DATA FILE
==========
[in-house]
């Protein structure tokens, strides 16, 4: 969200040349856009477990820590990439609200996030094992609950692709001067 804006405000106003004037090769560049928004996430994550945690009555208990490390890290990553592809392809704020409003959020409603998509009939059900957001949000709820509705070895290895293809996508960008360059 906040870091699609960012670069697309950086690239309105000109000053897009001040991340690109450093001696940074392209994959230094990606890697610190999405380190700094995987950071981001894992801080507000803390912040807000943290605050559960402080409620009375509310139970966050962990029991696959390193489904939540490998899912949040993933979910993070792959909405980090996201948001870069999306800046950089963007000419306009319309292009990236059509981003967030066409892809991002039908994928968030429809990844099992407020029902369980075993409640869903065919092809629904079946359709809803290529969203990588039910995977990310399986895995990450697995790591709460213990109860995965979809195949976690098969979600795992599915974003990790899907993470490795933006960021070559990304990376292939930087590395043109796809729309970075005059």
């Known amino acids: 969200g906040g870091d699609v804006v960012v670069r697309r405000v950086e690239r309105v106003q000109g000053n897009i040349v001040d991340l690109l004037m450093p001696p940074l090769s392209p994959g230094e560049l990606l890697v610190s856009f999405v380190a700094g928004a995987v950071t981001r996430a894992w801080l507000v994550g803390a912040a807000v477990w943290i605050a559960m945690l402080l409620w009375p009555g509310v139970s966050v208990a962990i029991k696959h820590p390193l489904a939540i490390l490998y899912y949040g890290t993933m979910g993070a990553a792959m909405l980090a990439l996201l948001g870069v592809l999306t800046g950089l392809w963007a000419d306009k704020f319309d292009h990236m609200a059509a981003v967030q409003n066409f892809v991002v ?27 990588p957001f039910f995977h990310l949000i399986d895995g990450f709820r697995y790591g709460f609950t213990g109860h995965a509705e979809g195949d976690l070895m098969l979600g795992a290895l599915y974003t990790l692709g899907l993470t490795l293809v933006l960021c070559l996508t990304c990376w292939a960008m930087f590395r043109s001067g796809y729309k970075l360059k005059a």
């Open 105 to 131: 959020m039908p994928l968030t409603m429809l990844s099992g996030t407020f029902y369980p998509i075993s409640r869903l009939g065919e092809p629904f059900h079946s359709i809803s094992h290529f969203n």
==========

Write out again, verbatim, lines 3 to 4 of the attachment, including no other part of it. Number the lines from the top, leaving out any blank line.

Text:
């Known amino acids: 969200g906040g870091d699609v804006v960012v670069r697309r405000v950086e690239r309105v106003q000109g000053n897009i040349v001040d991340l690109l004037m450093p001696p940074l090769s392209p994959g230094e560049l990606l890697v610190s856009f999405v380190a700094g928004a995987v950071t981001r996430a894992w801080l507000v994550g803390a912040a807000v477990w943290i605050a559960m945690l402080l409620w009375p009555g509310v139970s966050v208990a962990i029991k696959h820590p390193l489904a939540i490390l490998y899912y949040g890290t993933m979910g993070a990553a792959m909405l980090a990439l996201l948001g870069v592809l999306t800046g950089l392809w963007a000419d306009k704020f319309d292009h990236m609200a059509a981003v967030q409003n066409f892809v991002v ?27 990588p957001f039910f995977h990310l949000i399986d895995g990450f709820r697995y790591g709460f609950t213990g109860h995965a509705e979809g195949d976690l070895m098969l979600g795992a290895l599915y974003t990790l692709g899907l993470t490795l293809v933006l960021c070559l996508t990304c990376w292939a960008m930087f590395r043109s001067g796809y729309k970075l360059k005059a």
């Open 105 to 131: 959020m039908p994928l968030t409603m429809l990844s099992g996030t407020f029902y369980p998509i075993s409640r869903l009939g065919e092809p629904f059900h079946s359709i809803s094992h290529f969203n």